kurt! i guess that was not too soon! I have not found any info on Joe/Jack Martineau but have found info on the Algoma. first: The entry of the Canandian Pacific RAilway into the lakes shipping business was an important development for Georgian Bay. 1883 three Clyde-built steamers were brought across the Atlantic, the Algoma, the Alberta and the Athabaska Two of these, the Alberta and the Athabaska, are still in service.... 1885---- The wreck of the Algoma was a major disaster involving the loss of 48 lives. ...Captain John Moore...stern of the vessel struck the rocky shore...whole forward portion of the Algoma broke off and disappeared...small group of surviviors clung to the sloping afterdeck....They were there all day Saturday and Satudrday night ...Sunday morning they managed to reach shore on an improvised raft. Those who remianed alive were taken off the island by the sister ship Athaabaska on Monday afternoon.(Lake Huron, Georgian Bay Ships and Sailors)
Next: Captain William Mees. the "oldest captain on the lakes" In 1855 he went on the Algoma where he remained two years, then took charge of the new tug, Martin A Ryerson, on which he stated 9 years.(from Annual Meeting, 1895 Muskegon County by henry h. holt.)
Next: Commodore L.R. Boynton.. In 1883 he entered the employ of the Mackinac Transportation Co. as captain of the Algomah, which transported passengers and freight across the straits of Mackinac. But the desire of the operating railway company was to transfer the cars, both passenger and freight, bodily: and for this purpose the "St. Ignace" was built. She(the St. Ignace)...went into commision on April 11th 1888 and Capt. Boynton at once assumed command. The several years spent by Capt. Boynton on the Algomah enabled him to suggest many valuable ideas which were incorportated in her construction.The Algomah was now purchased by the Island Transportation company.
next: August 1, 1896 On board the steamer Algomah, crossing the Straits. A passenger commin on deck exclaims, "What wonderous air!"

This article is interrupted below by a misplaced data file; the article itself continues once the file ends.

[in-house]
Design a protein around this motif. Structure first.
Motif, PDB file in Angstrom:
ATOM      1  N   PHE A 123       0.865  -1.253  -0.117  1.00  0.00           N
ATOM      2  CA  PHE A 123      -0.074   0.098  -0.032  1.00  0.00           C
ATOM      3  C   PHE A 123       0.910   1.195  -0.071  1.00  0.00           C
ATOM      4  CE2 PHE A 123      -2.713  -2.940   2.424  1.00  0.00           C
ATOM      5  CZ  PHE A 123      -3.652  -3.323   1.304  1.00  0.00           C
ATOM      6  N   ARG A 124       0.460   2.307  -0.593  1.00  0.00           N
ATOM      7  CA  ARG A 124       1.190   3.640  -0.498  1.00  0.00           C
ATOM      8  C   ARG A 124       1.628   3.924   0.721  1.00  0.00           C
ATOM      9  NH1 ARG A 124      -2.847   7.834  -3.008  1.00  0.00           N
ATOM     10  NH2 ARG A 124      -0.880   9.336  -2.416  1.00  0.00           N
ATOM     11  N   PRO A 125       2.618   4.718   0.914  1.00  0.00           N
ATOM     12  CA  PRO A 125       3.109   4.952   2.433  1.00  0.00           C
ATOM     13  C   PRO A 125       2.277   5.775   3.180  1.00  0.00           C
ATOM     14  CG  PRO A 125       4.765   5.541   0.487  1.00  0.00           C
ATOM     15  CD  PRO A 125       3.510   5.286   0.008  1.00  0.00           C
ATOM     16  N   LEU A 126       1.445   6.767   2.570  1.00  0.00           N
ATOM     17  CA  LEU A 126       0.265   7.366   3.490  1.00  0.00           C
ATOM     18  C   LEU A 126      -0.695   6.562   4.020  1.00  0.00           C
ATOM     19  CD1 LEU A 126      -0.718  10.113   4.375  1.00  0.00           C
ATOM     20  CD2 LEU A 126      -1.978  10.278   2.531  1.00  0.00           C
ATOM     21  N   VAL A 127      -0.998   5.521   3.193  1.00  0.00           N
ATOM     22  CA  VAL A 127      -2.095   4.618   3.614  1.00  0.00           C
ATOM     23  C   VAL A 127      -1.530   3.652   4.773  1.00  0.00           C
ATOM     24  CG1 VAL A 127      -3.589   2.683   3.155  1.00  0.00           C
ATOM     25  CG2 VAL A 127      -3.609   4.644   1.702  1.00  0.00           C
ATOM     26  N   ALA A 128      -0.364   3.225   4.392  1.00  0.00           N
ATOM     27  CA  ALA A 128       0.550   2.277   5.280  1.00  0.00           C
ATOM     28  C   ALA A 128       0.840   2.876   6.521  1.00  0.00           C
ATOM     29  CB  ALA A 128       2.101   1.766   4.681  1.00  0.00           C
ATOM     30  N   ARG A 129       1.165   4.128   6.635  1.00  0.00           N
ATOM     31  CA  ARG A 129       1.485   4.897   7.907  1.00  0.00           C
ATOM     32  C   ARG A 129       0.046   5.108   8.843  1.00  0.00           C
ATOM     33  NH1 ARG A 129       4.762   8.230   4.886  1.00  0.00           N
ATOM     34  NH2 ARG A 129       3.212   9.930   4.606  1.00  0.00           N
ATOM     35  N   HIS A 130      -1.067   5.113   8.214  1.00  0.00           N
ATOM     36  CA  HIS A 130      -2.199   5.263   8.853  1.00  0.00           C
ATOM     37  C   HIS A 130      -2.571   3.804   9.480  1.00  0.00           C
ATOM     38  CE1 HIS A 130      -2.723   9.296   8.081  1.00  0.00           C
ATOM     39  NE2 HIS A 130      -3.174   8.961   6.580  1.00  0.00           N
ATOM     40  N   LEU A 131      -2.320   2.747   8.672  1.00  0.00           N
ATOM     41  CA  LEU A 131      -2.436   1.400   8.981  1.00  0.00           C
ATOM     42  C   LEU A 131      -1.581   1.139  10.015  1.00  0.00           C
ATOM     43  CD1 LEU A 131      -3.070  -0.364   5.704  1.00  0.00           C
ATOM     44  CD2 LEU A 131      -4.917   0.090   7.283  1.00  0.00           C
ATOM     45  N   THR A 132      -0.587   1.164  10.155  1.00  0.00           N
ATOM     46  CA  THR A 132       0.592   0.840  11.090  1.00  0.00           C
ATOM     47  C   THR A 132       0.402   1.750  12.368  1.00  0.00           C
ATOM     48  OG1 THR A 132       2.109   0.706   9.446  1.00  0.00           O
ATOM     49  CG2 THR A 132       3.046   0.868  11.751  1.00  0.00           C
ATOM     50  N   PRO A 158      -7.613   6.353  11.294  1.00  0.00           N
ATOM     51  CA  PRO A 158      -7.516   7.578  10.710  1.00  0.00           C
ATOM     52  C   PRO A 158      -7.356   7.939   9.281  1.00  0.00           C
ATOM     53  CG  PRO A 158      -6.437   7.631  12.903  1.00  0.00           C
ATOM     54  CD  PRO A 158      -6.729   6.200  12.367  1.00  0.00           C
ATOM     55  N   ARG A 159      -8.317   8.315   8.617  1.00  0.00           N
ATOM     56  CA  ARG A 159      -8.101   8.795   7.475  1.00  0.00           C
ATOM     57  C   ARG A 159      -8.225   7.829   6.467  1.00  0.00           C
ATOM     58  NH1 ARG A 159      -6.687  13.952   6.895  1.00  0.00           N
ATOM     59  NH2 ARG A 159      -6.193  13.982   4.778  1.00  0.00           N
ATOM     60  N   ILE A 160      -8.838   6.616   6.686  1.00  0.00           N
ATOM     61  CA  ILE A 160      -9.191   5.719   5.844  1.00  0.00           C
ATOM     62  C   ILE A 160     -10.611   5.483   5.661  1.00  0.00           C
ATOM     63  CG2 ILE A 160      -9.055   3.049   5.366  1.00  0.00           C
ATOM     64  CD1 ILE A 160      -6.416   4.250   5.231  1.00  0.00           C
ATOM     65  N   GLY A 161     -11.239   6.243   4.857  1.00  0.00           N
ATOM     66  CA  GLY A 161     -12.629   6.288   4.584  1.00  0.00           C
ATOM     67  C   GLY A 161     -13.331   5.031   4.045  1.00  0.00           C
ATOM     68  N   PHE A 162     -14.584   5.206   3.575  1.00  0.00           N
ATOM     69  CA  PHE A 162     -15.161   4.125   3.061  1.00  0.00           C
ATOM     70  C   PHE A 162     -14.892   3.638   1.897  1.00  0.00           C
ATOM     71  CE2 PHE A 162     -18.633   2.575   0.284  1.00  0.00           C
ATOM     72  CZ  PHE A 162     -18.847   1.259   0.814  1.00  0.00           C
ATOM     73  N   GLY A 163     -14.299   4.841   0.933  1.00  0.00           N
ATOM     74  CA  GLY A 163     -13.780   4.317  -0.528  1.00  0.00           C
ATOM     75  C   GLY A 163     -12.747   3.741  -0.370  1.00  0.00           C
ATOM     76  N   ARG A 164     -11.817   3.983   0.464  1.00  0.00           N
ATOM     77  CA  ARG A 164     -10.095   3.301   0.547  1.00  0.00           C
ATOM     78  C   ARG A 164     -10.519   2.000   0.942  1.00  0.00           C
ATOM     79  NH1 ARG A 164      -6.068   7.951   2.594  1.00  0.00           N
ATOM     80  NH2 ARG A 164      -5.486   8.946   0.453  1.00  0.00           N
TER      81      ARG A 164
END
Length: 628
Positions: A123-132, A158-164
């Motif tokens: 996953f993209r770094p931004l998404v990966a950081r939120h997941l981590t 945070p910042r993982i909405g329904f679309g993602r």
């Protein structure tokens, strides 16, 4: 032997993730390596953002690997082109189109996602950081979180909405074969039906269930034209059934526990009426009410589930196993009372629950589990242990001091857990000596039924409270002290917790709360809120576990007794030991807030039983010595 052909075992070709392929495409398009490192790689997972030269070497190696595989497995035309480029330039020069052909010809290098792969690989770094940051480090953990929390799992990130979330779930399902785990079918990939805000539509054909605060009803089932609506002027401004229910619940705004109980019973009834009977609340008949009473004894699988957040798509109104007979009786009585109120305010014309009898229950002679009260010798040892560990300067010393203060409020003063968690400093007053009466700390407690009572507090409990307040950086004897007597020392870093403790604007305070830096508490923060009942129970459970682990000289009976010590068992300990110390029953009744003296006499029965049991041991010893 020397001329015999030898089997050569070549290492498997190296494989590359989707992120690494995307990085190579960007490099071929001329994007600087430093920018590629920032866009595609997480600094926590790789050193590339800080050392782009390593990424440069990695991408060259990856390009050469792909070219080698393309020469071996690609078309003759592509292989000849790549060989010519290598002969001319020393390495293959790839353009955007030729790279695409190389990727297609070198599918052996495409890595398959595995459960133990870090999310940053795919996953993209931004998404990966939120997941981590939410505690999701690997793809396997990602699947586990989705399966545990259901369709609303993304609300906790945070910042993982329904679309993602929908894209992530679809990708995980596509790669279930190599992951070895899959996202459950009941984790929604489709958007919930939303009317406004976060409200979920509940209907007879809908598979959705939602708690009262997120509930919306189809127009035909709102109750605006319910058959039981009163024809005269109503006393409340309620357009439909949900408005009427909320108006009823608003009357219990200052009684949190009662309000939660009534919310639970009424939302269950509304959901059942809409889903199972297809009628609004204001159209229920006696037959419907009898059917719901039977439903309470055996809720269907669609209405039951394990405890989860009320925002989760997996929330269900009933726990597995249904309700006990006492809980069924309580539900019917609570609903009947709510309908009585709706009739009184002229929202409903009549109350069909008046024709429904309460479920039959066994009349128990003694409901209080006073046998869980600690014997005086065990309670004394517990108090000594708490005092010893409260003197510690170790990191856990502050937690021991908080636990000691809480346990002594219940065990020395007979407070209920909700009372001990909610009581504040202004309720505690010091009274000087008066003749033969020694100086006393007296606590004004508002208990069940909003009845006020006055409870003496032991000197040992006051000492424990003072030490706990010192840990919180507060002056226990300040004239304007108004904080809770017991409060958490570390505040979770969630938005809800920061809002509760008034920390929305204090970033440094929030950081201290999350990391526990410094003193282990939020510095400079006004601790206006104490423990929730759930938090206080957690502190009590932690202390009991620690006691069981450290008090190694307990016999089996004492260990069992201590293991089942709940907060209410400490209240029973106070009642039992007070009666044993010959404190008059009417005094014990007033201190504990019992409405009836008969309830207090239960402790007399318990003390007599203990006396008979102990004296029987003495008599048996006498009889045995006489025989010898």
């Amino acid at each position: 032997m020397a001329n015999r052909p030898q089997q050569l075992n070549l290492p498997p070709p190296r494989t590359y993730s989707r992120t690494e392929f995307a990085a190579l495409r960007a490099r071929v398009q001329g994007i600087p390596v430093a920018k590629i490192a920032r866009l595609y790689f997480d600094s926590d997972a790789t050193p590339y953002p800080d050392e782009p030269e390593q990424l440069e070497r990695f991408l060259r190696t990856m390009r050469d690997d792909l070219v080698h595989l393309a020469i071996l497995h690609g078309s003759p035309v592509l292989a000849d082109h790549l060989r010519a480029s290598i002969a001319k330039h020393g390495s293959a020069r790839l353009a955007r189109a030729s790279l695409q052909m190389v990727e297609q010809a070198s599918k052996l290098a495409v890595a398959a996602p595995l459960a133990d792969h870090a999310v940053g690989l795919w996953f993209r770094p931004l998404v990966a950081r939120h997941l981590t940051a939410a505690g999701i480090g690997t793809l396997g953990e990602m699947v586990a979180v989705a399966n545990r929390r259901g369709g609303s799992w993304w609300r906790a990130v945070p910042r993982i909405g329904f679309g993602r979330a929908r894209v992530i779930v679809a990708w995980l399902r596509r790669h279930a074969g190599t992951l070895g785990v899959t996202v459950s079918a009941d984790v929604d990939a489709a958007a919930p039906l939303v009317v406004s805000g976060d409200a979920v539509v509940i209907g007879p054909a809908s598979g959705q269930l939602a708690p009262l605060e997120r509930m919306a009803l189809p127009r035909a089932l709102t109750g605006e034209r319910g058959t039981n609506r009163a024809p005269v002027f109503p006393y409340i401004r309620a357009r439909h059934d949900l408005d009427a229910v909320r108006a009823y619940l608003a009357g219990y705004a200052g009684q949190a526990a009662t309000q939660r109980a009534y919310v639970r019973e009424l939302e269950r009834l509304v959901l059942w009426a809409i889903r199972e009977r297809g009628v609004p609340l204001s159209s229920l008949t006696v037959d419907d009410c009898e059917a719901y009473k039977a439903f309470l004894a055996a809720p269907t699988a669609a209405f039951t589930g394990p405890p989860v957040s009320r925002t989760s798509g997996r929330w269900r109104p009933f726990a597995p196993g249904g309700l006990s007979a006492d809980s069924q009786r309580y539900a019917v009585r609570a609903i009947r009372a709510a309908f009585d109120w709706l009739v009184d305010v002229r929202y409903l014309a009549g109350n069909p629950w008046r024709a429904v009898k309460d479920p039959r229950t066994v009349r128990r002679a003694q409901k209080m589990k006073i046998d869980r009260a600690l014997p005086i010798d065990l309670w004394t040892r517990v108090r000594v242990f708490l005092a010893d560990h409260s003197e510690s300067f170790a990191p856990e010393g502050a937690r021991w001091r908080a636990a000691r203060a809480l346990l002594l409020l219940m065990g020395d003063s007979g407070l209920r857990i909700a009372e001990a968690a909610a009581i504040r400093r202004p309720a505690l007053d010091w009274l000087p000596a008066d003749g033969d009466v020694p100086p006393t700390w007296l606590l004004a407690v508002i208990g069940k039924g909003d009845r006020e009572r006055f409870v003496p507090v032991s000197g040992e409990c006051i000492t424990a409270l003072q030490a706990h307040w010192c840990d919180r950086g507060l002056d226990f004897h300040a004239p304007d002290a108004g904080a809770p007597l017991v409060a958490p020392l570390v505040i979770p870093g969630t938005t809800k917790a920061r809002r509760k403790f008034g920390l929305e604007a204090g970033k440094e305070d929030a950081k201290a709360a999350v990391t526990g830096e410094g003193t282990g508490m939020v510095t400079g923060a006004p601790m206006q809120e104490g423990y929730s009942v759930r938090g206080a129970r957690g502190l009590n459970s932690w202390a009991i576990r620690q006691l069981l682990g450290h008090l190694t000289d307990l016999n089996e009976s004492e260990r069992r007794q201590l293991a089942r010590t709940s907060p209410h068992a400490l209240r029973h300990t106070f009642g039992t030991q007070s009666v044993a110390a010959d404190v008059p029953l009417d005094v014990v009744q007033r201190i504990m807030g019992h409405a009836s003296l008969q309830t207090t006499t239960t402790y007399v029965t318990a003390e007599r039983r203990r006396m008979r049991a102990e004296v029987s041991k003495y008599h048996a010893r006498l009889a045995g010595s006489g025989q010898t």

It looks like there were two ships. The first one was built along with two others for Canadian Pacific Railway and these ships had to be cut in two at Montreal to move them to Buffalo and rejoined and taken to Owen Sound. "Service was inaugurated on the upper lakes in the summer of 1884"They were built with Georgian Bayand Lake Superior requirements and were practically ocean ships of canal draught.
Since "Mees" was on the "Algoma" in 1855 and Since Boynton was employed on the "Algomah" in 1883. We have to be talking about this smaller vessel that he was on. Again we still find it around in 1896 with the comment of the passenger about the "air" and see it is used to cross the straits.
It could be very likely that your Jack could have captained this smaller ship. I am going to assume that it is true. Smaller ship seemed to change hands more.(2-5 years?) The larger was only around for one year and not likely to have changed hands. I will keep looking for Captain Jack. Since i have been unemployed i have been volunteering at the local food pantry, here i meet a tug boat captain whos ancestors have been ship captains (Ryerse, origin, Holland)since 1850ish. I will ask him if he knows anything about the Algomah or has any helpful hints for where to look. later,